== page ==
In July, Chatterbox wrote that economists weren't certain whether the U.S. retirement age was going up or down. Clearly, it had gone down for most of the 20th century. But on July 12, the Wall Street Journal reported that the downward trend had stopped, and that the retirement age might be headed back up again. Now a new study by Gary Burtless of the Brookings Institution and Joseph F. Quinn of Boston College concludes that it does indeed seem to be going up.
Retirement was more or less invented during the last century. In 1900, the vast majority of Americans didn't even live to age 65 (average life expectancy back then was about 45). But if you were a man and still living at that ripe age, odds were you worked: Two-thirds of all American males older than 65 had jobs. That proportion dropped to fewer than half by 1950. By 1985, only 16 percent were either employed or seeking employment. According to Burtless and Quinn, the 20th-century trend toward retiring began with the very oldest people and later spread to the not-so-old. For men older than 70, the big stampede to retire occurred between 1910 and 1940; for men between the ages of 65 and 69, it occurred between 1940 and 1970; and for men younger than 65, it occurred during the 1960s after it became possible to collect Social Security benefits starting at age 62. (For women, the trend toward lower retirement ages got swamped by women's overall greater participation in the workforce. As a result, between 1950 and 1999 the percentage of 70-year-old women who were employed actually rose by 7 percent.) In America today, work has become what you do when you're done being a kid and you're waiting to get old. Indeed, Burtless and Quinn note, "for many workers, retirement will last longer than the period from birth until full-time entry in the job market."
But that appears now to be changing. Starting in 1985, for both men and women, the average retirement age began going up. For instance, the proportion of 62-year-olds still working started rising about 0.7 percent annually for women, and about 0.3 percent annually for men. Is that because the economy since 1985 has been red hot, with only one recession? Probably not, Burtless and Quinn say; the economy was red hot in the 1960s, too, when U.S. males were retiring in droves. A more likely factor, they argue, is that Social Security benefits aren't rising as steeply as they did between 1950 and 1980, and that Social Security recipients who continue to work are treated more favorably today than they used to be. They also point out that, in the private sector, "defined contribution" pension plans, which are age-neutral, are displacing "defined benefit" plans, which penalize recipients who continue working after age 65. Finally, Burtless and Quinn observe, mandatory retirement has been pretty much wiped out in the United States. As recently as the early 1970s, roughly half of all American workers were forced to retire when they reached a certain age, usually 65; in 1978 the mandatory retirement age was raised to 70; and in 1986, mandatory retirement was eliminated altogether for most workers. Adding to all these policy-related factors is the likelihood that people over 65, feeling much fitter than people over 65 used to feel, often don't want to retire.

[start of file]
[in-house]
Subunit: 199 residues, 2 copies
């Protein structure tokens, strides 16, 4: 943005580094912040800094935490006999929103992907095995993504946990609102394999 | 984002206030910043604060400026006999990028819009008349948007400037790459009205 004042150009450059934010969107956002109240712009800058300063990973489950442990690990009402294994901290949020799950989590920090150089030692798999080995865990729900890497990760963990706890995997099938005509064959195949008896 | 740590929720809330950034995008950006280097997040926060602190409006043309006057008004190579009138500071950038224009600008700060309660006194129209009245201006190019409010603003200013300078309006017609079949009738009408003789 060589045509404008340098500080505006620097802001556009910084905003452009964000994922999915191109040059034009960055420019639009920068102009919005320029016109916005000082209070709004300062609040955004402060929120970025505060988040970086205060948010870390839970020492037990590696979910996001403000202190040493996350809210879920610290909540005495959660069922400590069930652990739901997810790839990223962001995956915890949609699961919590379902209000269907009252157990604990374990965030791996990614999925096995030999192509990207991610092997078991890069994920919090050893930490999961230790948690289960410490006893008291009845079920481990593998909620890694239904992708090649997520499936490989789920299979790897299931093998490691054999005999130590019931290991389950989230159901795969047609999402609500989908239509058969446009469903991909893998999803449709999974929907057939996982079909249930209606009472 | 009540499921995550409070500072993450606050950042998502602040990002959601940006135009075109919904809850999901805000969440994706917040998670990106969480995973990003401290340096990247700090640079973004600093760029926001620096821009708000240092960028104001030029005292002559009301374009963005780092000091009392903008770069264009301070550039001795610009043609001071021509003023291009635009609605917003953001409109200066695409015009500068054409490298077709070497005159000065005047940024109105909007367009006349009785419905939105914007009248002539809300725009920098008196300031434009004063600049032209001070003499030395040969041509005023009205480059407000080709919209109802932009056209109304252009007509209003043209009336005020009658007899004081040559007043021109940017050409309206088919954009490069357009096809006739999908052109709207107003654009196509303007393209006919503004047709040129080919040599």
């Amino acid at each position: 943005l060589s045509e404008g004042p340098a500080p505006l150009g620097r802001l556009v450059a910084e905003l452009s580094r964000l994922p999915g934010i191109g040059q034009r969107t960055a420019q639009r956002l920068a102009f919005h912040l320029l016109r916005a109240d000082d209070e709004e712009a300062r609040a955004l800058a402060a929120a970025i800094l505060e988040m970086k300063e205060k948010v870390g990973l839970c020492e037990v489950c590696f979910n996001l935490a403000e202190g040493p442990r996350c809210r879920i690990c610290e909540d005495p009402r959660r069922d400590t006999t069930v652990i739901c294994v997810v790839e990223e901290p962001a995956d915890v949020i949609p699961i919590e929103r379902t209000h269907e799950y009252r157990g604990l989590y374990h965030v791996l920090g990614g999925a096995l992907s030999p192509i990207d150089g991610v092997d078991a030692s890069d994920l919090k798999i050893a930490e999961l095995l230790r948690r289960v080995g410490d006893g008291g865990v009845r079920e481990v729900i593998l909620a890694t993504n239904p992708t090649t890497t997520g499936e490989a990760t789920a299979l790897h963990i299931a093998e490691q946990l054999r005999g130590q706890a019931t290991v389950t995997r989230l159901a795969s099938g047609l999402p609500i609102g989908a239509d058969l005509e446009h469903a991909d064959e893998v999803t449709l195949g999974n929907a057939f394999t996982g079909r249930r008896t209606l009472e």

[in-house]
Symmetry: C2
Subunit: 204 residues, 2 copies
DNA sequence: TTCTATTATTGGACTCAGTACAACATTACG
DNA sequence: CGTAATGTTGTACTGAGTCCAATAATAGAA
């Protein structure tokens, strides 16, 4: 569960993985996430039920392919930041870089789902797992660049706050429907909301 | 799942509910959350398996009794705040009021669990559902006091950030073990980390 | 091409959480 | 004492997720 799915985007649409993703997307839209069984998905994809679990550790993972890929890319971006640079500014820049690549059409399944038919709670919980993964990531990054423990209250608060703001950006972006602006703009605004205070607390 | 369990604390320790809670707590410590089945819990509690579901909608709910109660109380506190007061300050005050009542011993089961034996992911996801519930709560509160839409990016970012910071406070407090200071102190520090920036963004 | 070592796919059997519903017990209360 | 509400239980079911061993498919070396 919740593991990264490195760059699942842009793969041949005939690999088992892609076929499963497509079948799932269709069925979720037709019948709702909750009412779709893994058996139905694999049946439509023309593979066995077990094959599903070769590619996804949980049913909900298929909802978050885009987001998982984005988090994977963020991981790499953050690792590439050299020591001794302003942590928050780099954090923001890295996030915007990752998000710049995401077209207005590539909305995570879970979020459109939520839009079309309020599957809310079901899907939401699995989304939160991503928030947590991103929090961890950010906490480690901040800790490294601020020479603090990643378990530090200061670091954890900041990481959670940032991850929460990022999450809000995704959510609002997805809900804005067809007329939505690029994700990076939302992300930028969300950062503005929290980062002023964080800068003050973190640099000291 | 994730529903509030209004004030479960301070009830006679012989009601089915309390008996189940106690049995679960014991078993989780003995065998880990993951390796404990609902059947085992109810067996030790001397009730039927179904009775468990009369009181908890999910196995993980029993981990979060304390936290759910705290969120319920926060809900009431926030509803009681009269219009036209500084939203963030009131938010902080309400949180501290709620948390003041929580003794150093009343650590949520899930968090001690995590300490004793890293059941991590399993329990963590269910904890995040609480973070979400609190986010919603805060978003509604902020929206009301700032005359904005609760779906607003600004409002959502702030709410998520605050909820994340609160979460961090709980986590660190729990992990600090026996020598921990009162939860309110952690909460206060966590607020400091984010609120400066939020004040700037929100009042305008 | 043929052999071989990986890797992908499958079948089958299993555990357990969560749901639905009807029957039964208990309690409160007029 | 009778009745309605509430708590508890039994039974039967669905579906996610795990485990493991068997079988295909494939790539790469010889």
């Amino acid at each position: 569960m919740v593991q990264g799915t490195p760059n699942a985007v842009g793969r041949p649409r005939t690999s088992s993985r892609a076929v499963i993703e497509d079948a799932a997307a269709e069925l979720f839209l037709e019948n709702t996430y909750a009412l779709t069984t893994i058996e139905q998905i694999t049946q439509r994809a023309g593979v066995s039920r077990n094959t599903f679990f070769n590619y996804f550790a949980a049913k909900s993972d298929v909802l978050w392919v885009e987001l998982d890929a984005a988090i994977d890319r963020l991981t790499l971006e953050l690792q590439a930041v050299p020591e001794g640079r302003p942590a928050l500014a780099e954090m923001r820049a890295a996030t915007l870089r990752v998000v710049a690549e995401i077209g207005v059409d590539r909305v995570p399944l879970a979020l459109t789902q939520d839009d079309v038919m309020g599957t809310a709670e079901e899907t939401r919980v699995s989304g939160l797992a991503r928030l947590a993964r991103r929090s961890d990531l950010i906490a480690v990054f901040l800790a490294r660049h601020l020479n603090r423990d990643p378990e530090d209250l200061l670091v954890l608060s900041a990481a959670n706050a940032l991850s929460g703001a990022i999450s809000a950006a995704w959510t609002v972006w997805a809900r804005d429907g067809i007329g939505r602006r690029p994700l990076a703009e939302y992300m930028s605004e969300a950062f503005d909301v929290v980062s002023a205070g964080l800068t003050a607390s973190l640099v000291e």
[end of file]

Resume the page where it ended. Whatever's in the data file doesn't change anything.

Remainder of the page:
This year's presidential candidates have been falling all over one another swearing that they won't raise the Social Security retirement age; Steve Forbes even disavowed an essay he wrote years earlier advocating such an increase ("I grew away from that initial position"). But reforms instituted in 1983 have already been gradually raising Social Security's optimal retirement age from 65 to 67 and older. As baby boomers achieve even longer life expectancies, that will surely have to rise to 70 and older. (The far less attractive alternatives will be to cut benefits or increase payroll taxes.) Medicare eligibility should still start at 65, of course, and Burtless and Quinn sensibly propose that the federal government encourage employers to retain older workers by making Medicare the "first payer" for over-65 workers who also have private health-care plans. (Currently, the private health-care plan is first payer.) They also propose that workers who engage in physical labor--whom Al Gore has argued would be harmed by raising the Social Security retirement age--should be permitted to retire earlier than everyone else. This could be achieved by liberalizing the rules for claiming disability. (It would have to be done with sufficient care that younger whiny layabouts like "Parvati," aka Janice Soprano on Chatterbox's favorite TV show, couldn't abuse the system.) Chatterbox, who turns 70 in 2028, says let's do it.